Apple Watch Creates Wrist-y Business for Publishers, Advertisers

Not Enough Scale to Sell Ads Yet, but Marketers May Find Other roles

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A Los Angeles Times headline as it would be seen on the Apple Watch
A Los Angeles Times headline as it would be seen on the Apple Watch

The Apple Watch is officially out today, but the so-called wearable has already sparked an arms race among media companies vying for attention on your wrist.

(Does that make it a wrist race?)

Newspapers, TV news networks, magazine publishers and radio stations have introduced apps for the Watch. They all offer a version of the same thing -- news stories at a glance -- even though they're positioning themselves differently.

As publishers jockey for space on this smaller screen, though, advertisers say they're content to sit out the initial push, which has seen about a million Apple Watches sold in the lead-up to today's rollout, according to estimates from Slice Intelligence, which tracks U.S. consumer spending.

"This isn't a scale play for our clients today," Shenan Reed, president-digital at MEC North America, said in an email. "However, many key publishers have apps on the watch ... We will be very interested to see how we can continue to partner with them on this new platform."

The latest media company to join the fray is Tribune Publishing, which is rolling out an app today for eight of its newspapers, from the big ones like The Los Angeles Times and Chicago Tribune to the relatively small Morning Call in Allentown, Pa.

"What makes us different is all of our markets are going to get this app on day one," Bill Adee, exec-VP of digital at Tribune Publishing, told Ad Age. The appeal, he added, is that Apple Watch owners in the cities that Tribune covers will receive breaking news alerts for their hometowns.

Tribune is also trying to set itself apart with a "listen" feature, where users can tap a specific story on the Watch and have Siri read it aloud from the iPhone. "If you're on the go and have your headphones plugged into your phone, you can have Siri interrupt whatever music you have on and read you the story," said Scott Oltrogge, the company's senior product director of mobile.

Tribune Publishing isn't the first media company to lean on audio for its Apple Watch app. Subscribers to The Economist can have a British-accented man read you its stories by tapping on a story from its Apple Watch app. The Tribune app is open to anyone who has downloaded one of its newspapers' mobile apps, not just paying subscribers. The company has a paywall, but Watch stories won't fall behind it at the onset.

Tribune also joins several other large newspapers with Watch apps. The New York Times, The Wall Street Journal and the Washington Post have all teased their own, with the Times saying it will publish "one-sentence stories" (which sound a lot like headlines).

Among the other media companies with Apple Watch apps are CNN, NPR, Bloomberg and magazine publisher Conde Nast, which created an app for its culinary site Epicurious. Its big selling point is a timer that syncs up with Epicurious recipes.

While publishers are touting their Apple Watch apps, they are relatively quiet on how these apps might generate revenue. The last time Apple rolled out a new device on which to consume media -- the iPad -- publishers, especially those that sold magazines, eyed it as a way to sell subscriptions and advertising. That enthusiasm has cooled, but some publishers do sell tens of thousands of copies of their magazines each week or month on the iPad and other tablets.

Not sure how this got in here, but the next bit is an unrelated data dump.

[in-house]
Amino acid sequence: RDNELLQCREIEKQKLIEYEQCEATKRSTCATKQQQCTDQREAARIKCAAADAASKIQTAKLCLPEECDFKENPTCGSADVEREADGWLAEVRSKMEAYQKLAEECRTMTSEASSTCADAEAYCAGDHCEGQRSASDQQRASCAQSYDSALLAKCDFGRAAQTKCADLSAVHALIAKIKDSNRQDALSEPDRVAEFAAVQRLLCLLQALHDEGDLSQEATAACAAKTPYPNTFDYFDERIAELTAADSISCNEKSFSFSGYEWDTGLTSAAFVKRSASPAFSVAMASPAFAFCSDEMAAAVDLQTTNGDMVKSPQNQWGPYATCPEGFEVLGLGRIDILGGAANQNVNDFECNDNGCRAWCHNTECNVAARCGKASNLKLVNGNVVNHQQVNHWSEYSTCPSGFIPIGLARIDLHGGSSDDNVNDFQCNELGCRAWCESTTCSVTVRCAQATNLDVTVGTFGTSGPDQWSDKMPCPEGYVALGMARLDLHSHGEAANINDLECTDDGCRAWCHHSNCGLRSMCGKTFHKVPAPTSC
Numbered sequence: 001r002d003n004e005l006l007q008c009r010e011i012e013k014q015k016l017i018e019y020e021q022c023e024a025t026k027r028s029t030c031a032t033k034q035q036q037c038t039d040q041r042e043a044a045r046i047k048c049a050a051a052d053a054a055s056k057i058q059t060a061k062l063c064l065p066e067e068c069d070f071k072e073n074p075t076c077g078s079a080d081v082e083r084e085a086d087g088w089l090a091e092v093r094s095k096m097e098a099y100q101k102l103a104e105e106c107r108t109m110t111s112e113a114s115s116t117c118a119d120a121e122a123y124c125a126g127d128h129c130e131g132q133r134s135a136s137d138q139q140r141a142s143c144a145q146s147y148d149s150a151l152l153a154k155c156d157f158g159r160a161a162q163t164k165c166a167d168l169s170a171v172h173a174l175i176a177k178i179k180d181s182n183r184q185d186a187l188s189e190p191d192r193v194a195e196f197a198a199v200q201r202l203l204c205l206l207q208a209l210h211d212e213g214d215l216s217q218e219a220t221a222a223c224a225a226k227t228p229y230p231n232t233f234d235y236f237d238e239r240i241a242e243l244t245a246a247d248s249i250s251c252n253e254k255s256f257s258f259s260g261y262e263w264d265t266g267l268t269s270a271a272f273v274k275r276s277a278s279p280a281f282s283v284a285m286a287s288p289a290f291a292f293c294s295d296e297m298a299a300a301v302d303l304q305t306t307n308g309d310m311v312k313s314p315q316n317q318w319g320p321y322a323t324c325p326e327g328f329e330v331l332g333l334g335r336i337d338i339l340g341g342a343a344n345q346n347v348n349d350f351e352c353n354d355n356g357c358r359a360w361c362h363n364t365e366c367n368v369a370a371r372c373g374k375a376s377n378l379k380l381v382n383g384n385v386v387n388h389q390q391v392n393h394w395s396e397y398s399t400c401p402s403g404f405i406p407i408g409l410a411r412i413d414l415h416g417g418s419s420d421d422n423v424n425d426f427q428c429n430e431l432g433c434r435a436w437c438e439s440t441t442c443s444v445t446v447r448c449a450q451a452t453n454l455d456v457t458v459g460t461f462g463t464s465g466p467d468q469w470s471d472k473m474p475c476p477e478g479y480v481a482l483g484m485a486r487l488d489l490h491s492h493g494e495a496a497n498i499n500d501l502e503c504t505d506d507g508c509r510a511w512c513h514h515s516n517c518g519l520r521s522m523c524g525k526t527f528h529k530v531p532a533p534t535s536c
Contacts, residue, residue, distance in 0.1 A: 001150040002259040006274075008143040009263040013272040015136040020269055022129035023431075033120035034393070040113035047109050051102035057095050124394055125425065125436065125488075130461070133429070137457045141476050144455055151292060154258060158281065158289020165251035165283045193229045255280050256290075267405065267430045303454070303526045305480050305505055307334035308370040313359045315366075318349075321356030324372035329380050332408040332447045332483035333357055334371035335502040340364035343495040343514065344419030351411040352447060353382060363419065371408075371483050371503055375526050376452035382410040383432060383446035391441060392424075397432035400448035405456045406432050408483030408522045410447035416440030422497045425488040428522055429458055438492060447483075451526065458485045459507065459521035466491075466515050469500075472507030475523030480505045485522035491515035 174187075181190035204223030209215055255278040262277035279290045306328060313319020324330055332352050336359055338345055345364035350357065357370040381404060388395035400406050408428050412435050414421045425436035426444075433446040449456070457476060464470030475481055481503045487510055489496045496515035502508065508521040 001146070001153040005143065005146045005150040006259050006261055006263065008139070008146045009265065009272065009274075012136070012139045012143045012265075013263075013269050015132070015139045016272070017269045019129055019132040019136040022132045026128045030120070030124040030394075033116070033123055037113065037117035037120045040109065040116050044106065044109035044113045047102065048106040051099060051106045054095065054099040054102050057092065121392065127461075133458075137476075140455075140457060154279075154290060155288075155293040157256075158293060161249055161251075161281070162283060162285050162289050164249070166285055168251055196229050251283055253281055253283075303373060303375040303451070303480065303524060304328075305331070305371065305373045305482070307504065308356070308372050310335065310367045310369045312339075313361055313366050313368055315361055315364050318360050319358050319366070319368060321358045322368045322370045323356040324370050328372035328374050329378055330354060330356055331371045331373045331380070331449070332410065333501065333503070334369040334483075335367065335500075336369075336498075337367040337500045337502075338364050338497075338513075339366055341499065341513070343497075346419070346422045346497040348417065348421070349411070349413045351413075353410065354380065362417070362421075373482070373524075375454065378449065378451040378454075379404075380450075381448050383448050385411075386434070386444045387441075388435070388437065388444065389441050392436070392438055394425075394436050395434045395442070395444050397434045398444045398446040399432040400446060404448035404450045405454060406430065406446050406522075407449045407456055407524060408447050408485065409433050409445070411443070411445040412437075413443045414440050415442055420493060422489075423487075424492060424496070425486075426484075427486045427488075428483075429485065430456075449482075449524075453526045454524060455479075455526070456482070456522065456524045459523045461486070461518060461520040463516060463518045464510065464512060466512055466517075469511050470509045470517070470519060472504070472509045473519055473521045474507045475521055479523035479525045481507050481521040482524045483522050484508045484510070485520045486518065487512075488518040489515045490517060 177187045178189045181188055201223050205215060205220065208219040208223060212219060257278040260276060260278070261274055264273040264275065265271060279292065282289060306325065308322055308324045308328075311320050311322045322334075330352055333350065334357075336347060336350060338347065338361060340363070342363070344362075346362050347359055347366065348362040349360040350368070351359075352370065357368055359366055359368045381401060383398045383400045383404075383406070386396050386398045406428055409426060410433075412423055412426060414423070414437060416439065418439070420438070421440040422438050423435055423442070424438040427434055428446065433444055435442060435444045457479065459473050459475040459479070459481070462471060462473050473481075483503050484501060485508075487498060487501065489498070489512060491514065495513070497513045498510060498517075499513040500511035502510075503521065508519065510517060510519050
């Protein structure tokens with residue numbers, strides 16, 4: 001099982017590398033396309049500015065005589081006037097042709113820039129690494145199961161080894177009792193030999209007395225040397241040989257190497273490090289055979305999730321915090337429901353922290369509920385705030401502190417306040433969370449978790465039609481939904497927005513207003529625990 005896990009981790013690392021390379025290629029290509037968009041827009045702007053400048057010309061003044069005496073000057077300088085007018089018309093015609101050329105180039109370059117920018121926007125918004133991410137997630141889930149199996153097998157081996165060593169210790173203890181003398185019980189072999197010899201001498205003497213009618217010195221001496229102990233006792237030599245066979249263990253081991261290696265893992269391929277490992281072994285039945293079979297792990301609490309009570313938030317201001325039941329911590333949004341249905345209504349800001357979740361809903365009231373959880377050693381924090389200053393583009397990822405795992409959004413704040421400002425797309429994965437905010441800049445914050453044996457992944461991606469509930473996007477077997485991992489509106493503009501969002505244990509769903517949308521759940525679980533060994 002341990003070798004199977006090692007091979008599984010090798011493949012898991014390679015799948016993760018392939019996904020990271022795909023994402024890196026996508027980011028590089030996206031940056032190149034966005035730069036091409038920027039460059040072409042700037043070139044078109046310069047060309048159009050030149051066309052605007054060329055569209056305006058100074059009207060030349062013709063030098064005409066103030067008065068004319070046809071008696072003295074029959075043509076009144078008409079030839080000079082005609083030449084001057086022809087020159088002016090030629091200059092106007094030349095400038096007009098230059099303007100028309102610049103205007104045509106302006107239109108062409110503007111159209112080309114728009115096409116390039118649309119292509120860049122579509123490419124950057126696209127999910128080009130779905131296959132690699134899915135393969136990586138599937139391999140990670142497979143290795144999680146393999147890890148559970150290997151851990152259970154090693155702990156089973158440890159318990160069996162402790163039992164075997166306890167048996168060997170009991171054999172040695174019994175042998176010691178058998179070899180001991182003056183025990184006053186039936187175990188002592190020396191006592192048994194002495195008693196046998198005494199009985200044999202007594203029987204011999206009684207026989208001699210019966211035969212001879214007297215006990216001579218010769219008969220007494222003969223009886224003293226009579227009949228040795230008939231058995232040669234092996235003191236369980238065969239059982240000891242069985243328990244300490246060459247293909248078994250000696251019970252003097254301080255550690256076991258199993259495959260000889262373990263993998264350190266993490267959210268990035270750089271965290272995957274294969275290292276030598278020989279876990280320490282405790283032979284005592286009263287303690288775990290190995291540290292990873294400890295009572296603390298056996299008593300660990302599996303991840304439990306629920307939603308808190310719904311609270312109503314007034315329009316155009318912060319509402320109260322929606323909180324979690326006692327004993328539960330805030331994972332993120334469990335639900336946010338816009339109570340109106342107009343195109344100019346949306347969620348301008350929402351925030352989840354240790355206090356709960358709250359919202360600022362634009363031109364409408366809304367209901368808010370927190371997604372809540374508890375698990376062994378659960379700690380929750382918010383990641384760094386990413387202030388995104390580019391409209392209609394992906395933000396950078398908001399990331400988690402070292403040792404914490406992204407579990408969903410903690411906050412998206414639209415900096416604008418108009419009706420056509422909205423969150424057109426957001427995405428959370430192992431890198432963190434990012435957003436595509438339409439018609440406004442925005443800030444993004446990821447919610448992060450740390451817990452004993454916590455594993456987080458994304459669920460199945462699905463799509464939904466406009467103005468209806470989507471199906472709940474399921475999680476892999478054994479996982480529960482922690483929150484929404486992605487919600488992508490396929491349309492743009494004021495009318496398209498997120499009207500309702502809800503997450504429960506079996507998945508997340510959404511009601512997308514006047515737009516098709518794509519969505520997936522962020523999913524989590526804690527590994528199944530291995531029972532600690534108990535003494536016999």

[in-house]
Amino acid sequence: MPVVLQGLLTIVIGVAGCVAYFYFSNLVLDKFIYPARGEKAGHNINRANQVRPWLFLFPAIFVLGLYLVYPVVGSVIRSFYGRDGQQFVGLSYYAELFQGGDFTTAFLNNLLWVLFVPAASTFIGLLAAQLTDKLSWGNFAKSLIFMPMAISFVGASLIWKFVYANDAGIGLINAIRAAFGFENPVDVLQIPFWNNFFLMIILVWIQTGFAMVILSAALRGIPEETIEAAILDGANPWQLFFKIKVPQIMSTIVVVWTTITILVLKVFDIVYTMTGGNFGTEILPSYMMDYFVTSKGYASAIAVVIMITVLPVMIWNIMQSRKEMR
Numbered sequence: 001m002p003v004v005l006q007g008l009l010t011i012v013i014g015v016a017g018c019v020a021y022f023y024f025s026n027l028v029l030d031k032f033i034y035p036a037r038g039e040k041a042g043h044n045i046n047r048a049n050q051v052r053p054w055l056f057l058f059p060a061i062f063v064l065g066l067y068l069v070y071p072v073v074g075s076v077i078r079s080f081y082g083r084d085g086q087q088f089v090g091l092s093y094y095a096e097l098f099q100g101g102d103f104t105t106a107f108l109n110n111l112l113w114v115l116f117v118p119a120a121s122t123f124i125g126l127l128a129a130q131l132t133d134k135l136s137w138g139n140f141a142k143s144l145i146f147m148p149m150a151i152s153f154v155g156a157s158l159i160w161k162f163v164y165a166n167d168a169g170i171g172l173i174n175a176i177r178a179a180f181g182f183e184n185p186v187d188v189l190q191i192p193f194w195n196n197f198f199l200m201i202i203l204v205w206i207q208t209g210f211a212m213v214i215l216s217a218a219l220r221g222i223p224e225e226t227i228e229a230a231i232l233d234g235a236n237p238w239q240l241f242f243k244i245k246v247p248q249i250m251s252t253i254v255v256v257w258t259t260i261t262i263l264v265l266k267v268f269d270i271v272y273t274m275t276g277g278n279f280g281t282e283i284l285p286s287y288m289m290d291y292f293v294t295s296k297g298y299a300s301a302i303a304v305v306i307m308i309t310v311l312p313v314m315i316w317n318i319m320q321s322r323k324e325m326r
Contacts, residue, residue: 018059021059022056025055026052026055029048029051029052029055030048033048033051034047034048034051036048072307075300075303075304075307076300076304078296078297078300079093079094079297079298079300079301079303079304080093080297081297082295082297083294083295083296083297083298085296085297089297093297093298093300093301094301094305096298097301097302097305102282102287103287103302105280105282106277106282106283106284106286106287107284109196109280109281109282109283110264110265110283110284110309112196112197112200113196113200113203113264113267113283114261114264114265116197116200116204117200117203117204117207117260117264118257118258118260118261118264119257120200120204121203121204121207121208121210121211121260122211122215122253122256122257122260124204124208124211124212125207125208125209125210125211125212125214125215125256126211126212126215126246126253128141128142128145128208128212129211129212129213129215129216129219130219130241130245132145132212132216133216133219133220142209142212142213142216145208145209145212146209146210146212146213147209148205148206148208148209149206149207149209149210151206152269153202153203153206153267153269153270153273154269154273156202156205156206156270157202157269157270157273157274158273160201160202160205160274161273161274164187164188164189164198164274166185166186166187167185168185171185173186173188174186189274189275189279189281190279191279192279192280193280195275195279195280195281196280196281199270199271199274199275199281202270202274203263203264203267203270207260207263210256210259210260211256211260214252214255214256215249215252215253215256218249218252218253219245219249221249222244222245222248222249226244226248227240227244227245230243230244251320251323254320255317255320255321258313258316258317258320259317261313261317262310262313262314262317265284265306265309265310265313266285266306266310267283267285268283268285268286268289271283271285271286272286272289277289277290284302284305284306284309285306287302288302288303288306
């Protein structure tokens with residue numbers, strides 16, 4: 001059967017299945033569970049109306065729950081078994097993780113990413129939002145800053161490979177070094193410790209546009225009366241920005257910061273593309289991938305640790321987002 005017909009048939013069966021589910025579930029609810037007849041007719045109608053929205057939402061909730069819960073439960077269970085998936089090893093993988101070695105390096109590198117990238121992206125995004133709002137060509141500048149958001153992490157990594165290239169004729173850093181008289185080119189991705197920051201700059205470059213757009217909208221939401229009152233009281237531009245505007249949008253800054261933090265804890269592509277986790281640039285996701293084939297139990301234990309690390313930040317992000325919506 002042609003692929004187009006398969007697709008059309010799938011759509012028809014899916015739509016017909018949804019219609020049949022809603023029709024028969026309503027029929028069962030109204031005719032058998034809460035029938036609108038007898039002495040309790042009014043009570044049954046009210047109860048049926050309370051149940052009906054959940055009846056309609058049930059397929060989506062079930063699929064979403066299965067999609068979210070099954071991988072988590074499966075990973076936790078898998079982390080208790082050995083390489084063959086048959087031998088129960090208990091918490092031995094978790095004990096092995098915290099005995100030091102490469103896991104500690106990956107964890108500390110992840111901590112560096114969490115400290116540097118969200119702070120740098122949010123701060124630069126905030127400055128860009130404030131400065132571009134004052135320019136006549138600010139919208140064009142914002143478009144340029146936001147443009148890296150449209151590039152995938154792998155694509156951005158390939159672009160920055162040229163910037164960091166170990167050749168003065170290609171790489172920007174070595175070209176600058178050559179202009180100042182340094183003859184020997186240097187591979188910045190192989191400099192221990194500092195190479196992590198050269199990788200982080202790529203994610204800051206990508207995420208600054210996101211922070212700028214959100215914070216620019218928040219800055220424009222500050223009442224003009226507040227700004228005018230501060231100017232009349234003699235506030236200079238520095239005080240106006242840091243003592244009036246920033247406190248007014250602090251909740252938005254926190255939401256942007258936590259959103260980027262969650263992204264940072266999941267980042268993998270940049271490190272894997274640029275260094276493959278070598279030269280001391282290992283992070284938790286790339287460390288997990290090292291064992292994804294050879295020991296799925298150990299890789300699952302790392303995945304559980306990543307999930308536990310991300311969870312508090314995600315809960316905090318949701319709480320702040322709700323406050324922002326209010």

Marketers' role
So far with the Watch, media companies are putting the focus on the user experience and not really talking about advertising opportunities. "You could see over time how we would get to ads, but for now it's about the consumer," Mr. Adee at the Tribune said.

Jason Kint, CEO of Digital Content Next, a trade group for publishers that includes Conde Nast and the Times, said Apple Watch creates an opportunity for well-known media brands. "Everywhere and every minute, people are starving for access to reliable information, entertainment and news," he said. "Business models will follow."

Selling ads for Apple Watch apps would be a challenge not only due to the screen size, but also because of the relatively small number of people who will own the device, not to mention download a certain publisher's app. To that end, don't expect brands to start steering money toward the Apple Watch, although media buyers and advertising execs said they do plan to monitor apps.

"As consumers adopt devices they will find ways to leverage it that we may not have previously thought of," said Whitney Fishman Zember, senior director of innovation and consumer technology at MEC North America. "Forward-thinking marketers will embed themselves in understanding these shifting behaviors in real time, adjusting their stories and assets as needed."

For now, marketers will likely eye Apple Watch as a vehicle for sharing offers, coupons and loyalty rewards, according to Melvin Wilson, a consultant with IPG Mediabrands.

"As you walk through a supermarket you might get a notification on your Apple Watch for a loyalty program or special offer," he said. "Later, you might see Apple Watch specific ads, but brands will need to see scale before they do more than just experiment."

Adam Shlachter, chief investment officer at DigitasLBi, echoed that. "The screen size may not offer ideal real-estate for advertising in its current form, but it should push brands to find a way to provide a service or add value to their customers' lives in a unique way using technology like NFC or Bluetooth with iOS," he said.

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